Posts Tagged ‘Environment’

This Is Our Natural World

Sunday, September 20th, 2020

Sunday the 20th of September 2020 was a lovely bright day, blue skies but chilly due to a brisk north east breeze. Having pre-planned to meet family south of Wicklow head, we all initially met up at Magheramore strand. Arriving down onto the beach it was a beautiful scene comprising surfers, swimmers and families all enjoying being out in it. However cop this…….

and this……….

Now, whoever left this pile of muck to include cans, plastic bottles, tent, kitchen utensils, wipes, nappies, you name it it was there, would appear to have put it into the black bags. WELL DONE, YOU OBVIOUSLY CARE FOR NATURE, PAT ON THE BACK. Then conveniently decided to leave it there for the next big storm to wash it all into the sea. But then again the idea that a high tide line can shift relative to weather conditions just would not enter the average persons head. That is how close to nature the average person is.

We are told to leave no trace, we should not need to be told, and when one considers the effort needed to bring all this stuff down to the beach, would it have been so difficult to carry it all back up again like responsible and considerate people would? No its just too much effort, lets just have the party and fuck the rest.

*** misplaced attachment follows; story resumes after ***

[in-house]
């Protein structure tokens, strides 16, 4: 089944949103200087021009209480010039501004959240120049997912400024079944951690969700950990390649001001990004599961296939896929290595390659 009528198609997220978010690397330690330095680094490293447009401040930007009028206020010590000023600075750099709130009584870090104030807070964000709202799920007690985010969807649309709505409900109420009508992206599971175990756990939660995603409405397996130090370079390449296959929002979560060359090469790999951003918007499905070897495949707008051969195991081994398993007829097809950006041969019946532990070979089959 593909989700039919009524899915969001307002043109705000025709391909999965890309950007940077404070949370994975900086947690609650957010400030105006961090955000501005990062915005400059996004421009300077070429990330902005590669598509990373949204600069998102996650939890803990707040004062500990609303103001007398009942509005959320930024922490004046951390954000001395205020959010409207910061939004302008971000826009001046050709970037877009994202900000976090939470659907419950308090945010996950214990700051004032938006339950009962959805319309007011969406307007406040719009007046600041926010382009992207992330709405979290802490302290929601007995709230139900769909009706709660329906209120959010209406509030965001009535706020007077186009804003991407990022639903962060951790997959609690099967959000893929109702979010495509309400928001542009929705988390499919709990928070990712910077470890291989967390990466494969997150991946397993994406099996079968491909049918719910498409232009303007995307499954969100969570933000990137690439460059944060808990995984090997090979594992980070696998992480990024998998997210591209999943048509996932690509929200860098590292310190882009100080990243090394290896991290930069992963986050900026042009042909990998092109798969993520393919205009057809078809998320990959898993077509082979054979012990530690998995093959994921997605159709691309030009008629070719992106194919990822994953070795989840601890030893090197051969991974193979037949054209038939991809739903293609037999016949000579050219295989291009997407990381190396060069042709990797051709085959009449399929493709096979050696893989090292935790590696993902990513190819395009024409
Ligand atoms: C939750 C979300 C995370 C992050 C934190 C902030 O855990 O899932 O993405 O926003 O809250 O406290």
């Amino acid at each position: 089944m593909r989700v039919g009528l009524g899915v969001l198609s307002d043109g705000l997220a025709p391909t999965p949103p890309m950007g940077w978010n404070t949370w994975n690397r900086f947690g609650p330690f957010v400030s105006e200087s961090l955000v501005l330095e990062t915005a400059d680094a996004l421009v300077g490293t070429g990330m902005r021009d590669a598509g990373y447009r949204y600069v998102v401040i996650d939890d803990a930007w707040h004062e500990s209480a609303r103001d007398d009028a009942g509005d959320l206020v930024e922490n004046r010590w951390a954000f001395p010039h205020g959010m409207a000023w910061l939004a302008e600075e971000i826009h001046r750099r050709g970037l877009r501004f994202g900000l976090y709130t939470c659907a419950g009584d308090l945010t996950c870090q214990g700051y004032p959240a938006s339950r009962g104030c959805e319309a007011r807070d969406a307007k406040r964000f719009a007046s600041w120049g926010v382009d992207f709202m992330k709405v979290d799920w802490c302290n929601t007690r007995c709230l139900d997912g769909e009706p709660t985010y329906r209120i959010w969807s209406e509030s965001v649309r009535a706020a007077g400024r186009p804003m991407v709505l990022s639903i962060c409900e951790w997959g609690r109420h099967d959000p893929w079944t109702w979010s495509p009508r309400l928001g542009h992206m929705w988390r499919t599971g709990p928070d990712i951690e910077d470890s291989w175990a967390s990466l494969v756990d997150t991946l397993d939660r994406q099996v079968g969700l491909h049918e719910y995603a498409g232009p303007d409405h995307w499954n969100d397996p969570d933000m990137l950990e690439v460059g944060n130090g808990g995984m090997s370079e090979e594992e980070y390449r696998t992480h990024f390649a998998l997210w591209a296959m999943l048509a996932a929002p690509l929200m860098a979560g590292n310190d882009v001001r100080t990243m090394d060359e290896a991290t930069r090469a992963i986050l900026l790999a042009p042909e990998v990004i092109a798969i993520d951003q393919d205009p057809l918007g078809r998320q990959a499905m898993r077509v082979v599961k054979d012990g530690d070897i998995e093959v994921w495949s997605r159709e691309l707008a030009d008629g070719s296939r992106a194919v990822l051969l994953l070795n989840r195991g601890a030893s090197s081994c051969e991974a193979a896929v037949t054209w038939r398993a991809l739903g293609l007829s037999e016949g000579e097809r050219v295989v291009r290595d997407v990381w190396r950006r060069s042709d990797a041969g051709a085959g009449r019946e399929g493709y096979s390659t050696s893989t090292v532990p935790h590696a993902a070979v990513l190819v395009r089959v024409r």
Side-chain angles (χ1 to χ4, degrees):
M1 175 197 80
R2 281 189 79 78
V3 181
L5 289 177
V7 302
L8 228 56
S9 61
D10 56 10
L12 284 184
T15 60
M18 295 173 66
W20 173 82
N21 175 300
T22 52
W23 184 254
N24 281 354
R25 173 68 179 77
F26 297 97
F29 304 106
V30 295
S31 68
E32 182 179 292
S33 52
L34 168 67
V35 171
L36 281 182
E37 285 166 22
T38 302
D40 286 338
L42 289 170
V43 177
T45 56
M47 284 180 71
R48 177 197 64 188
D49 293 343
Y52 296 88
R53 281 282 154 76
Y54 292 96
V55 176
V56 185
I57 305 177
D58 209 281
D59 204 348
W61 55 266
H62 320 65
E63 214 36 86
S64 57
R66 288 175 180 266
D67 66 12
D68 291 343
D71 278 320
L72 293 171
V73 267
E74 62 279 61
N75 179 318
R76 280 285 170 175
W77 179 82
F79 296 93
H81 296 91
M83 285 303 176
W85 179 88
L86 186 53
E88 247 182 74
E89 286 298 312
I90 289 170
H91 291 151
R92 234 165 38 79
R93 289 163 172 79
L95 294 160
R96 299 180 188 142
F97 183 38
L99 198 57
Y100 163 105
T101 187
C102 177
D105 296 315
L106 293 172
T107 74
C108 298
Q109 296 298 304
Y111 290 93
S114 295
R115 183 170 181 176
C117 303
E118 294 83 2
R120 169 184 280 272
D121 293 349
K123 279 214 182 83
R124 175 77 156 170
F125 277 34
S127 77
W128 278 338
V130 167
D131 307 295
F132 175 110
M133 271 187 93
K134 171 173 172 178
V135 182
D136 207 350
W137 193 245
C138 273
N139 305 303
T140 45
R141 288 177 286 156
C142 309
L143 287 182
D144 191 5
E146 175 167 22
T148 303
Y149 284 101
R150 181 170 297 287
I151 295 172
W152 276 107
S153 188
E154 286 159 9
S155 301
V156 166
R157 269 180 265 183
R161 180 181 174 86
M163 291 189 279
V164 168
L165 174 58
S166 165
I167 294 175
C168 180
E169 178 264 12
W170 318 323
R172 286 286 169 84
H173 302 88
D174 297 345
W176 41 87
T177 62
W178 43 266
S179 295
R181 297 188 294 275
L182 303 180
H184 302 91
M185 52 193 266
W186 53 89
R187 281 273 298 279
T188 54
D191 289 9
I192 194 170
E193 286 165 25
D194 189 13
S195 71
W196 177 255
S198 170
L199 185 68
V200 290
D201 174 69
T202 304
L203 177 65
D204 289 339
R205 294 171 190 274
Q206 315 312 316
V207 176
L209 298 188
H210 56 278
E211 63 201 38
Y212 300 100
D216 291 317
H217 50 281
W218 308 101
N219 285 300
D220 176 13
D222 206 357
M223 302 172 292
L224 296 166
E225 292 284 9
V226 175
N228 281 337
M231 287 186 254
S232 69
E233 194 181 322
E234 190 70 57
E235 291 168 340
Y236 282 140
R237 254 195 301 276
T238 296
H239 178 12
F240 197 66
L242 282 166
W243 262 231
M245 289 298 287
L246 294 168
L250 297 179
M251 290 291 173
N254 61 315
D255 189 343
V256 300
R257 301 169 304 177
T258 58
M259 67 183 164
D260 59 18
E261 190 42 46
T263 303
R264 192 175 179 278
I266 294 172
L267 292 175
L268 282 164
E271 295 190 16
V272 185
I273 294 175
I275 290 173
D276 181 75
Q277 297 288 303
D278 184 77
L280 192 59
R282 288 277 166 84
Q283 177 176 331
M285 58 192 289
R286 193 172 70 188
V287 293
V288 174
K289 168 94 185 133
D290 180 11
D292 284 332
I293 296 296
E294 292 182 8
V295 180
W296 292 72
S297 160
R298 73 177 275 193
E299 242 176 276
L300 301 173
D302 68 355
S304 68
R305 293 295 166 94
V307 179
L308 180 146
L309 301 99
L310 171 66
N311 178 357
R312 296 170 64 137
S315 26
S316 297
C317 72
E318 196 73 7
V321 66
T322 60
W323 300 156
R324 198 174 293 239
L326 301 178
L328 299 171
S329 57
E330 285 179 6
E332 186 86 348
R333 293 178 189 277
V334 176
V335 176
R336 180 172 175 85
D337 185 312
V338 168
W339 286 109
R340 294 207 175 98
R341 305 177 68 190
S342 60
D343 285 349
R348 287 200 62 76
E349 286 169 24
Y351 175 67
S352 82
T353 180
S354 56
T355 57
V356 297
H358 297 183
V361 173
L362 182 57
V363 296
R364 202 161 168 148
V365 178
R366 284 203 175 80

Ironically these same people probably do consider the environment when it comes to climate change etc which is sad, but reflective of the average person who will think nothing of purchasing a take away coffee (why?, the Italians don’t do take away coffee and they are the experts, instead they sit down with it) driving off and later chucking it out the window, as applies take away food, fizzy drink cans and bottles. I should know, just take a look in the hedgerows along the lane I live on.

Every single day there are new items of litter and wait for this, I know that it takes twenty minutes to eat a “happy meal” from McDonalds and also a snack box, because the nearest take away and McDonalds are both twenty minutes from my house and the wrappers/boxes end up outside my gate.

This is our world and I am being objective when I say that the average Joe or Josephine have no connection and do not give a shit about the environment. If so they would certainly not purchase baby wipes (plastic based so do not biodegrade), take away coffee cups (even if it is compostable it has to be placed in a compost bin, most will end up in a normal bin and so onto landfill), plastic bottles, body scrubs (the bits inside of many brands are plastic so get washed down the plug hole and eventually end up in the sea as micro plastics).